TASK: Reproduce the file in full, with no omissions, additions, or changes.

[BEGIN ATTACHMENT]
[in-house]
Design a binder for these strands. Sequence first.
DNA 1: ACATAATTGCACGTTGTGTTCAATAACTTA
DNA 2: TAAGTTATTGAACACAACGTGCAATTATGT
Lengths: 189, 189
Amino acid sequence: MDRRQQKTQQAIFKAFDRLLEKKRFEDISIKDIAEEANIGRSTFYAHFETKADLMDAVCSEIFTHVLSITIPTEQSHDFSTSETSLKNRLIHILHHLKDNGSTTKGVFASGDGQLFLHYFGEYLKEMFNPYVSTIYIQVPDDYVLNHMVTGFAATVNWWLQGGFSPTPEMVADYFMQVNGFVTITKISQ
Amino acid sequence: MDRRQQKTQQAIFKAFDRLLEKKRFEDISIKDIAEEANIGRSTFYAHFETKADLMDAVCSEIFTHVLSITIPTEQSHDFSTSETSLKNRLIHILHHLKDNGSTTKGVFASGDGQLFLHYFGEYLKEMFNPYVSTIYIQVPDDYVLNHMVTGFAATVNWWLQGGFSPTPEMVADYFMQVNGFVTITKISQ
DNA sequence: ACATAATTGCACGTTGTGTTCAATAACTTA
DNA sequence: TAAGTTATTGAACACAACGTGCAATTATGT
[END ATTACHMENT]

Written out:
[in-house]
Design a binder for these strands. Sequence first.
DNA 1: ACATAATTGCACGTTGTGTTCAATAACTTA
DNA 2: TAAGTTATTGAACACAACGTGCAATTATGT
Lengths: 189, 189
Amino acid sequence: MDRRQQKTQQAIFKAFDRLLEKKRFEDISIKDIAEEANIGRSTFYAHFETKADLMDAVCSEIFTHVLSITIPTEQSHDFSTSETSLKNRLIHILHHLKDNGSTTKGVFASGDGQLFLHYFGEYLKEMFNPYVSTIYIQVPDDYVLNHMVTGFAATVNWWLQGGFSPTPEMVADYFMQVNGFVTITKISQ
Amino acid sequence: MDRRQQKTQQAIFKAFDRLLEKKRFEDISIKDIAEEANIGRSTFYAHFETKADLMDAVCSEIFTHVLSITIPTEQSHDFSTSETSLKNRLIHILHHLKDNGSTTKGVFASGDGQLFLHYFGEYLKEMFNPYVSTIYIQVPDDYVLNHMVTGFAATVNWWLQGGFSPTPEMVADYFMQVNGFVTITKISQ
DNA sequence: ACATAATTGCACGTTGTGTTCAATAACTTA
DNA sequence: TAAGTTATTGAACACAACGTGCAATTATGT